Ever since the presidency of Turkey was taken on by Recep Tayyip Erdogan the West seems to have been on a collision-course with its most valuable ally in the eastern flank of NATO. But, as so many states now seem to be electing and allowing powerful and radical leaders to take more power into their own hands, is it an inevitability that Turkey is going to turn to countries run by men such as Putin who might seem more in tune with the ethos of the quasi-dictatorship that is emerging from the grass-roots of old-fashioned Turkish Islamic beliefs?
The prospect of “losing” Turkey to a coalition of anti-Western, totalitarian states is alarming for many reasons. Turkey has one of the largest land armies in the world and it has for many years been involved in detailed NATO planning with regard to a range of potential strategic threats that could be central to the defence of Europe. The fear is that not only might a re-aligned Turkey actually become neutral at best, or even a future threat, but NATO secrets could be handed over to third parties such as Russia, or perhaps even to hard-core, fundamentalist regimes and their illegitimate satellite-militia movements.
President Trump, another putative “strong-man” has not helped matters of course. His threat of increased sanctions over the matter of Andrew Brunson, the preacher detained in Turkey, seems to British minds to be curiously heavy-handed. It is also strangely reminiscent of the situation leading up to the Japanese attack in the Pacific after the imposition of oil and other sanctions drove it to a course of action that was, in hindsight, almost inevitable.
The “preacher problem” is of course not the only issue at stake between the US and Turkey. The US supports Kurdish fighters in Syria who are allied to groups regarded as terrorists by the Turks. The US will not allow a Turkish cleric believed to be at the heart of the failed 2016 Coup, to be extradited to Turkey. And now the stakes have been increased by the near-certain purchase of the Russian advanced S-400 anti-aircraft missile system.
This last point represents a more serious problem for the US, for, according to some observers, the Russians will have technical experts embedded with the Turkish forces as they deploy the missiles and it is almost inevitable that they will gain valuable intelligence about NATO targeting and tactics as the missiles are integrated into Turkeys’ defences. However, it would appear that Trump has once again played into Putin’s hands by instructing his people to further delay a sale of F-35 aircraft to Turkey, allowing the hardliners in that country more reason to turn away from the West.
Turkey has long-complained about the fickle nature of Western arms supplies, citing many instances of deals cancelled on the grounds of Turkey’s Human Rights record – or some other similar political issues to do with entry to the European Union or migrants. In the eyes of many in Turkey, these arguments represent an attempt to corrupt Turkey’s increasingly strict Islamic ethos and take it down a road of dissolute Western values.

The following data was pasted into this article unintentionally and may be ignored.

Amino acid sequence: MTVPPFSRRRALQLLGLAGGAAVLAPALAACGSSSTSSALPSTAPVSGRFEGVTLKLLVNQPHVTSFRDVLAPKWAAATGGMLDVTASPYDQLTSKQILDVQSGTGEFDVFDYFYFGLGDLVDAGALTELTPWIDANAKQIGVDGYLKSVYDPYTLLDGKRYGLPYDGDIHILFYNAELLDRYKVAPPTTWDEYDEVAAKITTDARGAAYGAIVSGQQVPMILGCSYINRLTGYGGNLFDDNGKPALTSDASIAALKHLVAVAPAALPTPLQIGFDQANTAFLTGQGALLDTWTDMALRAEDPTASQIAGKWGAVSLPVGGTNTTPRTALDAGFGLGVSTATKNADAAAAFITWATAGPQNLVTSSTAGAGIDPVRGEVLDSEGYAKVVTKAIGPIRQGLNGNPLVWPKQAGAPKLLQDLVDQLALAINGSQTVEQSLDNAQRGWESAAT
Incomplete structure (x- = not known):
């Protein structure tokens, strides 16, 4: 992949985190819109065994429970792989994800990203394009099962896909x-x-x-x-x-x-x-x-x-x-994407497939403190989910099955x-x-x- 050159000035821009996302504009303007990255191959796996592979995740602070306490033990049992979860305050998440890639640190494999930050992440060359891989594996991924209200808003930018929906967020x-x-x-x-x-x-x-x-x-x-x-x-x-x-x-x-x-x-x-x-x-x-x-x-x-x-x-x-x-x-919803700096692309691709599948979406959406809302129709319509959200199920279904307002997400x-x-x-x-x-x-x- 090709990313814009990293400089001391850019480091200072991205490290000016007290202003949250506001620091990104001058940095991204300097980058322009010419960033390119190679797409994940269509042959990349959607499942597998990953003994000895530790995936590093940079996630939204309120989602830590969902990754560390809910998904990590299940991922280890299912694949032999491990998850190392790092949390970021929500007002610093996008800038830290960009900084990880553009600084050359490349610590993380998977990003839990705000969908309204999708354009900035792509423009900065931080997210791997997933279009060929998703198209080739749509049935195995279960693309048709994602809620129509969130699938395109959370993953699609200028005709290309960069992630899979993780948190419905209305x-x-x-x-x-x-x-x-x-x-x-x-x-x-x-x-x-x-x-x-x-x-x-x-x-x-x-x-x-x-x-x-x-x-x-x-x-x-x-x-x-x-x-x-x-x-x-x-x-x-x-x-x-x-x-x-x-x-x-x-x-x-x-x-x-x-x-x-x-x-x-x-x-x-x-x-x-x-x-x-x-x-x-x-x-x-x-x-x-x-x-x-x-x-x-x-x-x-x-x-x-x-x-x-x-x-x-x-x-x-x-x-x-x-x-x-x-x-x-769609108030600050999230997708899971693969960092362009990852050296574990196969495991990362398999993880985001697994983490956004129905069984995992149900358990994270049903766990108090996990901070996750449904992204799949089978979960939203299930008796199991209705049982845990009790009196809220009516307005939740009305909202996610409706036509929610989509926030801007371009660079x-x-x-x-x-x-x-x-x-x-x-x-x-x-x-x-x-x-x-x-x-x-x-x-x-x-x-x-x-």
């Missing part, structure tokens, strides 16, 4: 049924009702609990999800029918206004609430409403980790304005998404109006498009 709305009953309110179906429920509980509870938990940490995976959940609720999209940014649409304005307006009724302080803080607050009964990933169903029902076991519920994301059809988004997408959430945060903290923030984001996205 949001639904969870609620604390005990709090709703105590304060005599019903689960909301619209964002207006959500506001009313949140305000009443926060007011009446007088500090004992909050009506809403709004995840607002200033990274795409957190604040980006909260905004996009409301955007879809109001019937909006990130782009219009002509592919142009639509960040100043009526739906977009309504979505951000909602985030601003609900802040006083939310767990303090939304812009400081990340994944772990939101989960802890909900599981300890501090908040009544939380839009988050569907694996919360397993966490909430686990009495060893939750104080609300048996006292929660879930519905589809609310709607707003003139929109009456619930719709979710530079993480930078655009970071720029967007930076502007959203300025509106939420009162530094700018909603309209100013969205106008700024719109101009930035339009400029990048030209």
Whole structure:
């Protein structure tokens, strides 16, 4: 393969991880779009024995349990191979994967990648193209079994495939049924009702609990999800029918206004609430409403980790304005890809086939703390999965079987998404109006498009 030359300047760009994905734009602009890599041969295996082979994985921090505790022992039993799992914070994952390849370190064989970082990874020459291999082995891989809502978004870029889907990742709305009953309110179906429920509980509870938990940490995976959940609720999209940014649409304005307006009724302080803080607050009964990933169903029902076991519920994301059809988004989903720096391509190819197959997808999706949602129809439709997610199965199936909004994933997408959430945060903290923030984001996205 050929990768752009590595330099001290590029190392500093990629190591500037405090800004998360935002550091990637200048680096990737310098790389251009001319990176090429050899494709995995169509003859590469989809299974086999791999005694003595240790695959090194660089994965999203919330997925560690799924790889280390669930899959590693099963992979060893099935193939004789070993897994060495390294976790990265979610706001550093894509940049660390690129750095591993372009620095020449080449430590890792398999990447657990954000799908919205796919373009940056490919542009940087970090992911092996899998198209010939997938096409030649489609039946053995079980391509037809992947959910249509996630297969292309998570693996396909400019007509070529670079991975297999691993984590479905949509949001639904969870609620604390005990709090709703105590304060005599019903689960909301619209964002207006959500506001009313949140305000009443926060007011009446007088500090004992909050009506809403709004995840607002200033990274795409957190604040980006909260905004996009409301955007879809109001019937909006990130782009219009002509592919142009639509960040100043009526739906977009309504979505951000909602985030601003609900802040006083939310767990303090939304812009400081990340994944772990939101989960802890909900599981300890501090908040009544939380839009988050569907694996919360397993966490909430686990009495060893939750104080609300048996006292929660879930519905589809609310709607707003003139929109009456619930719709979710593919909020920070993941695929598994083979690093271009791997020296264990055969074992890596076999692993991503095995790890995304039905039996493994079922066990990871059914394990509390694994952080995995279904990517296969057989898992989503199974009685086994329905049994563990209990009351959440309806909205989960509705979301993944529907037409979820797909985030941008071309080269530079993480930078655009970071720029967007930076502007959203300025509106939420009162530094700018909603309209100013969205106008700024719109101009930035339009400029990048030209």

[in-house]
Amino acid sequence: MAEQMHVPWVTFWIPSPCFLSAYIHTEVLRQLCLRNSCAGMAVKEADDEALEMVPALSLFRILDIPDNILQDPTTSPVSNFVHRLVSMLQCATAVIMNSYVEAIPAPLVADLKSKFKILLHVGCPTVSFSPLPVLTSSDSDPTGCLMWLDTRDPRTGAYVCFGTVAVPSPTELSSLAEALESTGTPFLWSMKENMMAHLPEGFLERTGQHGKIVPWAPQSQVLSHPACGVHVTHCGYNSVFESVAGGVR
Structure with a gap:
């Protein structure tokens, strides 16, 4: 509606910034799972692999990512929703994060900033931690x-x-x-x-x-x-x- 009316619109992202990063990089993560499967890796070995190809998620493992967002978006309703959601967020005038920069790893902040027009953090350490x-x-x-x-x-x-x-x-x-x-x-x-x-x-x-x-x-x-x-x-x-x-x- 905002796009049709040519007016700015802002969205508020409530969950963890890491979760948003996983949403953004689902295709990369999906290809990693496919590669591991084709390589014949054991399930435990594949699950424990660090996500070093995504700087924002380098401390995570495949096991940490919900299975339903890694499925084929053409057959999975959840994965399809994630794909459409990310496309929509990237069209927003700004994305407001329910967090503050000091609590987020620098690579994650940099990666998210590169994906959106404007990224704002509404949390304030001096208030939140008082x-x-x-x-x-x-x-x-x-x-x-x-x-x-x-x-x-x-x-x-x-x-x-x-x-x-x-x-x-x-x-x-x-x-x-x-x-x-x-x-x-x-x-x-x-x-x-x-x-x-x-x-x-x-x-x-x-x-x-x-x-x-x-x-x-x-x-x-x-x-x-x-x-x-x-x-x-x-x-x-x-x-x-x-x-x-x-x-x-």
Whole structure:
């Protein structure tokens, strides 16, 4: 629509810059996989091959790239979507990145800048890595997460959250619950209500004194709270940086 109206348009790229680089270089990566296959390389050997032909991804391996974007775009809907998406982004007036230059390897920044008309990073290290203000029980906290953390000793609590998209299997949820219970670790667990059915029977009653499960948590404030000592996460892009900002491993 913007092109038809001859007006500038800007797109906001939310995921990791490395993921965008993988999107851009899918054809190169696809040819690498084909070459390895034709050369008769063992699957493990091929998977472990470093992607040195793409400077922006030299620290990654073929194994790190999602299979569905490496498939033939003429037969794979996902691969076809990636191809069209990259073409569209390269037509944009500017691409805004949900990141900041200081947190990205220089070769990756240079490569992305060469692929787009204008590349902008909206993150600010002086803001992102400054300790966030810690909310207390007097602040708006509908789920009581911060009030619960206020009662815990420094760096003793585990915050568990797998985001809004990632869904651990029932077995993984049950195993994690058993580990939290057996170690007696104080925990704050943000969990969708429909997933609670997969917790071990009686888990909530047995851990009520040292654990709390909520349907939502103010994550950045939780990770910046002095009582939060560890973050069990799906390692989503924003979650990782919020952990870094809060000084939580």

The noisiest “Elephant in the Room”, as far as improving recent Russo-Turkish relations is concerned, is of course Syria. However, both sides have conveniently forgotten about their respective “red-lines” which has allowed Turkey to cross Russian-controlled territory to strike at Kurdish opposition to President Assad, while Turkey has now dropped its insistence that Assad (Russia’s ally) be removed from office as part of any long-term solution to the problem.
However, there is a much larger elephant lurking in the dark corners in the form of the Black Sea. The Russian seizure of the Crimea, and the near certainty of a long-term naval presence in Syria’s Tartus Port is not going to be a comforting prospect for the Turks, whose historic sparring with old Russia often revolved around who had implicit or actual control of the Black Sea. Again, the NATO issue rears its head, for NATO forces in the form of Standing NATO Maritime Group 2 maintain a forward presence in the Black Sea in what the Russians regularly characterise as a “provocative act”. The Royal Navy are there and, in January this year, HMS Duncan, “a very capable Type 45”, was leading that force, returning to the UK in July.
As Russia expands her operations in the Black Sea and Mediterranean, Turkey must make a decision about which ally she values most. Some argue that she will court both sides, trying to take advantage of temporary climate changes in the politics of East and West. However, the Third Estate in Turkey is now the Islamic base upon which President Erdogan’s power is founded and which introduces a potential shift to one half of the Islamic Middle East. That, in turn, is being increasingly seen as a long-term struggle between a largely pro-US Saudi Arabia, and Iran, an ally of Russia.
For now, it seems that the meeting of Putin, Rouhani and Erdogan in Ankara is confirmation of Turkey’s current leanings. After all, the three countries are all being subjected to heavy US sanctions (mainly courtesy of Mr Trump), so they have a lot in common in that regard. However, Iran is encouraged by European resistance to US “bullying” and some believe that President Rouhani will be tempted to improve relations with Europe in an attempt to circumvent Mr Trump’s draconian sanctions.
Just how Erdogan squares all these circles will be anyone’s guess. It will certainly keep the pundits talking for some time to come.